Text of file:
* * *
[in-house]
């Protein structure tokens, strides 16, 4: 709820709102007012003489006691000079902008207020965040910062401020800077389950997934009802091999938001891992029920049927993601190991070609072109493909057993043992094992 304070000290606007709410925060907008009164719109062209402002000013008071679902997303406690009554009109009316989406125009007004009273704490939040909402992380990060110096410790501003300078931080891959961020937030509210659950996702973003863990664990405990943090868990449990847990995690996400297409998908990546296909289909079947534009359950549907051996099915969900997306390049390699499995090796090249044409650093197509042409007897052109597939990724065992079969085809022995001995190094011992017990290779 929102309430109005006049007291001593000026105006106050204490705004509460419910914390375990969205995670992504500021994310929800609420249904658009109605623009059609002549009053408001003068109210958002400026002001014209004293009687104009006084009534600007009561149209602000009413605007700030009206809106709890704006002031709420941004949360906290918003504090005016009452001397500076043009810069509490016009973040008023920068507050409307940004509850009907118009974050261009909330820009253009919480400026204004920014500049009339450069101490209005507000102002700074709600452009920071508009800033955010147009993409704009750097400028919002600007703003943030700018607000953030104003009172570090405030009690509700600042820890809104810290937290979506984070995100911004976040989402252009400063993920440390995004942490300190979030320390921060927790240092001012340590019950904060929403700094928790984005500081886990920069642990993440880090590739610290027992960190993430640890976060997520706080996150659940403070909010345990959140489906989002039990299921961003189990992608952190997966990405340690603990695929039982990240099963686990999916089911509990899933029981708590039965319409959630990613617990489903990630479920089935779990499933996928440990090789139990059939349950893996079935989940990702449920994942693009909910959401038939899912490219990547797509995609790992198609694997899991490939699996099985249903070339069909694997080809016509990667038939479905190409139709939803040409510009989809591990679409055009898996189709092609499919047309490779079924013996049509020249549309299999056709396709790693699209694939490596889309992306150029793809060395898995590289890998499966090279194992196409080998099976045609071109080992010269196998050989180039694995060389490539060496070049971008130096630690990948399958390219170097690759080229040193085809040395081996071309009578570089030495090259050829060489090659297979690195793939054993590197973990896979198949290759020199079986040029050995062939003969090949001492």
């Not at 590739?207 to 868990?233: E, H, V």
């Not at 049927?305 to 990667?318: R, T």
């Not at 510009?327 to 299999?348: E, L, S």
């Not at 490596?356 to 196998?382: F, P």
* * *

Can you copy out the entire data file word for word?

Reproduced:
[in-house]
């Protein structure tokens, strides 16, 4: 709820709102007012003489006691000079902008207020965040910062401020800077389950997934009802091999938001891992029920049927993601190991070609072109493909057993043992094992 304070000290606007709410925060907008009164719109062209402002000013008071679902997303406690009554009109009316989406125009007004009273704490939040909402992380990060110096410790501003300078931080891959961020937030509210659950996702973003863990664990405990943090868990449990847990995690996400297409998908990546296909289909079947534009359950549907051996099915969900997306390049390699499995090796090249044409650093197509042409007897052109597939990724065992079969085809022995001995190094011992017990290779 929102309430109005006049007291001593000026105006106050204490705004509460419910914390375990969205995670992504500021994310929800609420249904658009109605623009059609002549009053408001003068109210958002400026002001014209004293009687104009006084009534600007009561149209602000009413605007700030009206809106709890704006002031709420941004949360906290918003504090005016009452001397500076043009810069509490016009973040008023920068507050409307940004509850009907118009974050261009909330820009253009919480400026204004920014500049009339450069101490209005507000102002700074709600452009920071508009800033955010147009993409704009750097400028919002600007703003943030700018607000953030104003009172570090405030009690509700600042820890809104810290937290979506984070995100911004976040989402252009400063993920440390995004942490300190979030320390921060927790240092001012340590019950904060929403700094928790984005500081886990920069642990993440880090590739610290027992960190993430640890976060997520706080996150659940403070909010345990959140489906989002039990299921961003189990992608952190997966990405340690603990695929039982990240099963686990999916089911509990899933029981708590039965319409959630990613617990489903990630479920089935779990499933996928440990090789139990059939349950893996079935989940990702449920994942693009909910959401038939899912490219990547797509995609790992198609694997899991490939699996099985249903070339069909694997080809016509990667038939479905190409139709939803040409510009989809591990679409055009898996189709092609499919047309490779079924013996049509020249549309299999056709396709790693699209694939490596889309992306150029793809060395898995590289890998499966090279194992196409080998099976045609071109080992010269196998050989180039694995060389490539060496070049971008130096630690990948399958390219170097690759080229040193085809040395081996071309009578570089030495090259050829060489090659297979690195793939054993590197973990896979198949290759020199079986040029050995062939003969090949001492």
């Not at 590739?207 to 868990?233: E, H, V």
């Not at 049927?305 to 990667?318: R, T």
């Not at 510009?327 to 299999?348: E, L, S």
């Not at 490596?356 to 196998?382: F, P």